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Aug 25, 2019
This week’s theme
People who became verbs

This week’s words
pythagorize
malaprop
nestorize
dewitt
aladdinize

How popular are they?
Relative usage over time

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Palindromes

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AWADmail Issue 895

A Compendium of Feedback on the Words in A.Word.A.Day and Other Tidbits about Words and Language

Sponsor’s Message: We’ve finally become our own worst nightmare: a sell out. Large anonymous corporation gets wind of One Up! -- The Wicked/Smart Word Game and wants to license it worldwide. We say sure, why not? Creativity, principles, artistic integrity, success on our own terms? Right out the window at the first sign of cash we’re happy to say. Seriously, we’re offering all AWADers, including Email of the Week winner, Ibby Lang (see below), 50% OFF our Special Dark Edition, while supplies last. Once this limited and lovely version of our best-selling cutthroat IQ contest is gone, it’s gone forever. So, smarten up (on the cheap) RIGHT AWAY >



From: Anu Garg (words at wordsmith.org)
Subject: Interesting stories from the Net

The Em Dash Divides
The New York Times
Permalink

Google Sign Language AI Turns Hand Gestures into Speech
BBC
Permalink

Louisiana Says “Oui” to French, Amid Explosion in Dual-Language Schools
The New York Times
Permalink

The Ohio State University Wants to Trademark Its Favorite Word: “The”
The Washington Post
Permalink



From: Bob Stein (stein visibone.com)
Subject: noun2verb

It is of course up to future generations what “Anu Garging” will mean. I expect it will take in the ebullient exploration of the worlds in words.

Bob Stein, Emporia, Kansas



Email of the Week brought to you by One Up! -- Play mind games on the cheap NOW >

From: Elizabeth Lang (ibbyla yahoo.com)
Subject: to Ibby, verb tr.

Here’s hoping that you include “to Ibby” this week. Meaning: to confront an elected official aggressively. It’s the verb my Rise and Resist group adopted after I (known as Ibby) confronted NYC Comptroller Scott Stringer (see here) about the infernal IDC. And we went on to DESTROY the IDC during election season 2018! Whoohoo!

Ibby Lang, Lake Luzerne, New York



From: Jess Green (jessjagreen yahoo.co.nz)
Subject: People2verb

My favourite people2verb is when people say that someone got Zucc’d on Facebook. This of course refers to someone being “Mark Zuckerberg’d” or banned or having their post, comment, group, page, or event deleted. It’s growing in popularity a lot and is frequently used.

Jess Green, Christchurch, New Zealand



From: Sharon Robertson (srobert2 rochester.rr.com)
Subject: My People2verb coinage

My dear Aunt Mary is 94, about 4’8” tall, tiny, and terrifying. She is the bossiest person I know. When we helped her close up her house and move to assisted living, she was right there, loudly giving directions on every bit of minutiae.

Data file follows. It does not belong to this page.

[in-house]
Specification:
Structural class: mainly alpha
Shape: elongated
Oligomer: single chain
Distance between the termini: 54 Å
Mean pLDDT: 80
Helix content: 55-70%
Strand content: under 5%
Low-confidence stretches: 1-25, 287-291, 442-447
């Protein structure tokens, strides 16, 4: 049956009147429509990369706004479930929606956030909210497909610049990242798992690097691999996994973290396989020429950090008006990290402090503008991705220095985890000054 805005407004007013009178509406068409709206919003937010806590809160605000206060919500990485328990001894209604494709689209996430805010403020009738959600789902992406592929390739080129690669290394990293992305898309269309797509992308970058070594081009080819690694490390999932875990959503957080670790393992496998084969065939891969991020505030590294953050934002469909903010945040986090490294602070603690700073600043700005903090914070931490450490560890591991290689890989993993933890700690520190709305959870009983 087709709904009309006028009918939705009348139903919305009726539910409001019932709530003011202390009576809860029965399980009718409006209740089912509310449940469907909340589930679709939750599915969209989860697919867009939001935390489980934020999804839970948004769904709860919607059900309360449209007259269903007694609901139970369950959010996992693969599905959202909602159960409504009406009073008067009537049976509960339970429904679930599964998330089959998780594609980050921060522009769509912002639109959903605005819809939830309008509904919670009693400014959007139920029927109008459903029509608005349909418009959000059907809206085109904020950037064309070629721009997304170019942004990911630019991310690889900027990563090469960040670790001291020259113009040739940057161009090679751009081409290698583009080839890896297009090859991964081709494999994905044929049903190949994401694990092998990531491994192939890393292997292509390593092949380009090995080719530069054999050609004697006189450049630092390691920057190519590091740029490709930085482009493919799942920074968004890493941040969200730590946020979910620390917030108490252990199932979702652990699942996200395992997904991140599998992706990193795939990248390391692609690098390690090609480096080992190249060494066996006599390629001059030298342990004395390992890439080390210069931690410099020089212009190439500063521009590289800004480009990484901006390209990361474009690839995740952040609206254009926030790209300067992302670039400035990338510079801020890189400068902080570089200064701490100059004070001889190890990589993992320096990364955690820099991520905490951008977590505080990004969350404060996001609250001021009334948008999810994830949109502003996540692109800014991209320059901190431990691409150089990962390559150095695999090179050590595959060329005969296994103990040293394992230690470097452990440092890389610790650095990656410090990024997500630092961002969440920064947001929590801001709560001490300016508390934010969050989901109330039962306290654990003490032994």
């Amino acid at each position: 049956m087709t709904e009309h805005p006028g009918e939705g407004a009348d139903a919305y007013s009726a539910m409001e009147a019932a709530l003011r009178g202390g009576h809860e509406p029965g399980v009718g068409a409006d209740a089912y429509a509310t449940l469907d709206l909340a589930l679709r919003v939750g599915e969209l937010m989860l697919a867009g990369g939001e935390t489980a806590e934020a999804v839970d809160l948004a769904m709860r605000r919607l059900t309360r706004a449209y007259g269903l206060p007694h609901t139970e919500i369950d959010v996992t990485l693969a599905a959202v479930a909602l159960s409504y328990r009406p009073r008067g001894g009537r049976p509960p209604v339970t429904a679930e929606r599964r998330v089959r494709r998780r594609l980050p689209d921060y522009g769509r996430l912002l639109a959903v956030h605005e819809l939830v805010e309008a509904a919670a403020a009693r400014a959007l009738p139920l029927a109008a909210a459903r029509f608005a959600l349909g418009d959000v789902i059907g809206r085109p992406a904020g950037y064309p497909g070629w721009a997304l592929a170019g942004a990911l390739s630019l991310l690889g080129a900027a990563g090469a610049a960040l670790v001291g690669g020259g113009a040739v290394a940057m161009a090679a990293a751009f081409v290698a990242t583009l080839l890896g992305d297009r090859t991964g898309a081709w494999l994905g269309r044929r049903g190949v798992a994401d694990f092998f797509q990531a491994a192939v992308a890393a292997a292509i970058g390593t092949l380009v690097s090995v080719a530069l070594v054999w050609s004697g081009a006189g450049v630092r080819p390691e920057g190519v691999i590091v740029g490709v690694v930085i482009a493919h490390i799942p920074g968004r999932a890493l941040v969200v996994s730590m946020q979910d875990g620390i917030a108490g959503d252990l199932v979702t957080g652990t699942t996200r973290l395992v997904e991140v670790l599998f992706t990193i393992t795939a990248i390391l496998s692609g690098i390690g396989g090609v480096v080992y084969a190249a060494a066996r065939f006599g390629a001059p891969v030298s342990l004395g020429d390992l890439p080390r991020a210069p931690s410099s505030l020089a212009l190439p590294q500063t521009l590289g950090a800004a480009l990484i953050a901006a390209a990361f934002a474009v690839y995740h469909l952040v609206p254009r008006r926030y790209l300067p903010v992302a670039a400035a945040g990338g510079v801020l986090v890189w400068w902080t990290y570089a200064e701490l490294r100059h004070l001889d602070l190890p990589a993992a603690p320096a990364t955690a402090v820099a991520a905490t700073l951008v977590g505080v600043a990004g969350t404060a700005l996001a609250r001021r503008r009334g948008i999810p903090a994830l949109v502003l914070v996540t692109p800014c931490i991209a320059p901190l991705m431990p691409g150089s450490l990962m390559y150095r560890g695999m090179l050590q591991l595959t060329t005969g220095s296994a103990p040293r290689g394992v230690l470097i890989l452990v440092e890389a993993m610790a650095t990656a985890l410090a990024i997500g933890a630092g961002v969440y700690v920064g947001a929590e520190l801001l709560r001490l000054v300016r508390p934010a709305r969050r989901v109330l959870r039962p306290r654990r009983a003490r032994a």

So now in our home when one of us gets too inquisitive or bossy the response is “Don’t marify it!”

Sharon Robertson, Rochester, New York



From: Elaine Petersen (elainepetersen hotmail.com)
Subject: dog2verbing

Seven years ago, my husband and I adopted a two-year old Neapolitan Mastiff and named him Boomer. He was a gentle giant and was a wonderful dog the time we had him. His only flaw was that he slobbered -- a lot! If you were too close to him when he shook his head then drool would fling on your outfit. If he rubbed up against you after taking a big drink of water, then slobber would end up on your clothes. When this happened, we declared that you’d been Boomered.

Elaine Petersen, Fair Oaks, California



From: Alison Dundy (alison.shore.dundy gmail.com)
Subject: People2verbing

Mommyfy: Inspired by mummify. To entomb a child with smotherly love.

Brockovitch: To entice bureaucrats to release information by showing cleavage and acting ditzy. After the Academy Award performance by Julia Roberts in the film Erin Brockovitch.

Alison Dundy, New York, New York



From: Nancy Eskridge (neskr yahoo.com)
Subject: People 2verbing

Our Texas governor, Greg Abbott, lost the use of his legs after a huge tree branch fell on him. When there are iffy-looking branches or a tree leaning way over, I say it worries me because I don’t want to get Abbotted.

Nancy Eskridge, Austin, Texas



From: Tom Hawley (t.hawley comcast.net)
Subject: people becoming verbs

In Paul Theroux’s Great Railway Bazaar, the narrator, a Mr Mosesworty, and a Mr Duffill step off the train at a station, and Mr Duffill does not move fast enough to get back on when the train moves out. Later, we read “He said, ‘I think of it now as getting Duffilled. I don’t want to get Duffilled.’ He hoisted himself into our car and called out, ‘Don’t you get Duffilled!’”

Tom Hawley, Lansing, Michigan



From: Anne Lauriat (lauriat aol.com)
Subject: People2verb